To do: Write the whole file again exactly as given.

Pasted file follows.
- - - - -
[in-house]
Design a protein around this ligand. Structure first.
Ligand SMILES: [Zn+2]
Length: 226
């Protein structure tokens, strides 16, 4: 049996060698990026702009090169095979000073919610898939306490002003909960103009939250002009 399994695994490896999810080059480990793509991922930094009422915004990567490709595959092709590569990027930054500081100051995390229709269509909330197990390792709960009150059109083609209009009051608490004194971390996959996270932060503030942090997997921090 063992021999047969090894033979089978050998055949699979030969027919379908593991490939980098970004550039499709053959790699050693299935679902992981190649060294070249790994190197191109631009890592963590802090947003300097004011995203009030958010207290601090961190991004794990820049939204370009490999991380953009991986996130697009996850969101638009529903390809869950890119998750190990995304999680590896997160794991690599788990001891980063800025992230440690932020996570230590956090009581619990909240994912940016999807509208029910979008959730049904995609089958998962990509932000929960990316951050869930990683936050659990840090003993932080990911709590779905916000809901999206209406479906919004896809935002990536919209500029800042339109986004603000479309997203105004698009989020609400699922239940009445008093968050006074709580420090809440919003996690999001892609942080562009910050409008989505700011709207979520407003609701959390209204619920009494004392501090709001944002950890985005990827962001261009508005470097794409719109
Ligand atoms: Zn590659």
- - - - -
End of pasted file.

[in-house]
Design a protein around this ligand. Structure first.
Ligand SMILES: [Zn+2]
Length: 226
């Protein structure tokens, strides 16, 4: 049996060698990026702009090169095979000073919610898939306490002003909960103009939250002009 399994695994490896999810080059480990793509991922930094009422915004990567490709595959092709590569990027930054500081100051995390229709269509909330197990390792709960009150059109083609209009009051608490004194971390996959996270932060503030942090997997921090 063992021999047969090894033979089978050998055949699979030969027919379908593991490939980098970004550039499709053959790699050693299935679902992981190649060294070249790994190197191109631009890592963590802090947003300097004011995203009030958010207290601090961190991004794990820049939204370009490999991380953009991986996130697009996850969101638009529903390809869950890119998750190990995304999680590896997160794991690599788990001891980063800025992230440690932020996570230590956090009581619990909240994912940016999807509208029910979008959730049904995609089958998962990509932000929960990316951050869930990683936050659990840090003993932080990911709590779905916000809901999206209406479906919004896809935002990536919209500029800042339109986004603000479309997203105004698009989020609400699922239940009445008093968050006074709580420090809440919003996690999001892609942080562009910050409008989505700011709207979520407003609701959390209204619920009494004392501090709001944002950890985005990827962001261009508005470097794409719109
Ligand atoms: Zn590659």